NEW YORK (TheStreet) -- Hampton Creek -- a small, privately owned startup whose backers include Bill Gates -- is trying to shake up the $11.9 billion global mayonnaise industry that's dominated by Kraft Foods( KFT) and Unilever (UL) - Get Report in the U.S.
Founded in 2011 by entrepreneur Josh Tetrick, Hampton Creek has created a mayonnaise product that doesn't include eggs. Instead the product -- "Just Mayo" -- relies on a formula that uses plants and other natural ingredients.
The eggless mayonnaise is being sold in more than 4,000 stores, including Whole Foods Market (WFM) , Safeway (SWY) , Kroger (KR) - Get Report and Costco (COST) - Get Report. Hampton Creek's products are also sold by small natural-food retailers and are being offered by Amazon's (AMZN) - Get Report food-delivery service which is being tested on the West Coast.
The mayonnaise is also being sold overseas. Hampton Creek recently expanded into Hong Kong's leading grocery store, Park n Shop, through its ties with Asia's wealthiest man, Li Ka-shing, who has helped fund Hampton Creek, along with Gates, venture capitalist and PayPal co-founder Peter Thiel and Internet entrepreneur Jerry Yang, a co-founder and former CEO of Yahoo (YHOO) .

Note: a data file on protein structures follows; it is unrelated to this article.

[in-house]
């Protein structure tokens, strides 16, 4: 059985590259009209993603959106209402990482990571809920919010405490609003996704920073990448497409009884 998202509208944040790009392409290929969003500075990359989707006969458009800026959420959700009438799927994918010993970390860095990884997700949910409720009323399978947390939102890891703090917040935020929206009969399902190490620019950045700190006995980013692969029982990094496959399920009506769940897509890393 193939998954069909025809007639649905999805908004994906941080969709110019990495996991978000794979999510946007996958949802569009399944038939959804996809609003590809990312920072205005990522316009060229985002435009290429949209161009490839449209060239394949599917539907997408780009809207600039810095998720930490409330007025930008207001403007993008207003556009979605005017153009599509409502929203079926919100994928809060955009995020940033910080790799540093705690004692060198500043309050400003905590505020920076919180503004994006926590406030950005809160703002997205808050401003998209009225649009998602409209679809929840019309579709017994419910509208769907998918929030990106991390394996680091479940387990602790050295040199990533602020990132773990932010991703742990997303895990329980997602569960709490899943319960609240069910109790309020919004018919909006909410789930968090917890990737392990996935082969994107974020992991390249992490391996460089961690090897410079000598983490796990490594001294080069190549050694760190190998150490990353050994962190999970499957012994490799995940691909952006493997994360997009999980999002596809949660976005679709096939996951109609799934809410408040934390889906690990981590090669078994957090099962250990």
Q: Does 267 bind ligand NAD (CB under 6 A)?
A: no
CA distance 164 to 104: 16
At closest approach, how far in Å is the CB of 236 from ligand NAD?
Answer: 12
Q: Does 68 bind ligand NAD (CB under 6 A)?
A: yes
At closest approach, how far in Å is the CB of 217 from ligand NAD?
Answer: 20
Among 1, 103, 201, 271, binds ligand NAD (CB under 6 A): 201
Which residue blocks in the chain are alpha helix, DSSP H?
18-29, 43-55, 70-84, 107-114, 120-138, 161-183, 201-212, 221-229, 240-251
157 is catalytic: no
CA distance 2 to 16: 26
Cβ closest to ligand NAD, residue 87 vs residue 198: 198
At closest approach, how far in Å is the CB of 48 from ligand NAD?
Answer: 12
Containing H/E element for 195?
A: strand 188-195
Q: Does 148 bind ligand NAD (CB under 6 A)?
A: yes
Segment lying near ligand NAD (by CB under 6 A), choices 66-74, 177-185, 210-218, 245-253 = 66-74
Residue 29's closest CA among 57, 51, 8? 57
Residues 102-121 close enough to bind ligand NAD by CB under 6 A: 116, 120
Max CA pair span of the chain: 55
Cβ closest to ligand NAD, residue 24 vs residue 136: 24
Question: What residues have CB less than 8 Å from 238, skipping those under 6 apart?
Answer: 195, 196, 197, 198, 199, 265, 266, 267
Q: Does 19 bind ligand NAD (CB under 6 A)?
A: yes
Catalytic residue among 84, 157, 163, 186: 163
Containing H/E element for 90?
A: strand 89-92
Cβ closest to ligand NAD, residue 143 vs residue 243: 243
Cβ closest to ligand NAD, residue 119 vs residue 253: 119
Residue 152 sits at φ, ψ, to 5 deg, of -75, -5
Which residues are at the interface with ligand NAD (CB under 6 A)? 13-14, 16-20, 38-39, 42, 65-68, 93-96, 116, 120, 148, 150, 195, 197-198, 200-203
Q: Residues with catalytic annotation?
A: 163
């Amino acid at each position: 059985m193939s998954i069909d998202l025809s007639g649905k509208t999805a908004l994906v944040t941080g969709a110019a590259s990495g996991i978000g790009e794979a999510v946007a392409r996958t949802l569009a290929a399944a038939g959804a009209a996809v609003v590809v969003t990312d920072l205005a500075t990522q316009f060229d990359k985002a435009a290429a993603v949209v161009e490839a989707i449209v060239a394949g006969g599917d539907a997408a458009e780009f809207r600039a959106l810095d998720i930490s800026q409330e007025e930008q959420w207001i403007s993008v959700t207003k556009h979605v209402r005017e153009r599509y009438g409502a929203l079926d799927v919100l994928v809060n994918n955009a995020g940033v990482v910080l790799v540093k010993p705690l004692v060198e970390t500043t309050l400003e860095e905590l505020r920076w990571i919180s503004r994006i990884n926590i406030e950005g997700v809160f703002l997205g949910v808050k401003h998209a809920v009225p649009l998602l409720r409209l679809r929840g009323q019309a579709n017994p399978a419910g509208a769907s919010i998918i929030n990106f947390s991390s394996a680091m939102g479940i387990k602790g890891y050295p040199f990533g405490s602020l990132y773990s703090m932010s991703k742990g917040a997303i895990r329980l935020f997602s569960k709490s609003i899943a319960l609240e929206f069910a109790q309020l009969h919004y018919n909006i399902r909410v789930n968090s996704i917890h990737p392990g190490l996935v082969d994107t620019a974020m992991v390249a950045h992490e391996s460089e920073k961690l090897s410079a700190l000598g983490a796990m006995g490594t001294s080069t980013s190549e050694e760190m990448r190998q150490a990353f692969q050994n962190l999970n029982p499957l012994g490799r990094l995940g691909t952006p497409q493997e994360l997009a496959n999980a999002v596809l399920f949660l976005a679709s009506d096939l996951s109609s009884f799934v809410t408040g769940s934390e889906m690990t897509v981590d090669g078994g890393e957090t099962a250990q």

Hampton Creek has raised almost $30 million, including a $23 million round of funding announced in February.
In the U.S., Hellmann's and Best Foods, both owned by Unilever, control 45.5% of the mayonnaise market. Kraft, with its Kraft Mayo and Miracle Whip brands, controls another 39.4%. Together the four brands make up over 85% of mayonnaise sales.
Hampton Creek also has its eyes set on frozen cookie dough and the egg substitutes. The company will launch a frozen cookie product called Just Cookies and egg substitute called Just Scrambled, which will take on ConAgra Food's (CAG) - Get Report Egg Beaters line of egg substitutes. Hampton Creek already sells a product called Beyond Eggs to other food manufacturers.
Tetrick's long-term plans call for an IPO. He said that several companies have approached him about a buyout, but he said he will keep saying no to offers, even at valuations beyond $1 billion.
At the time of publication, the author held no positions in any of the stocks mentioned.
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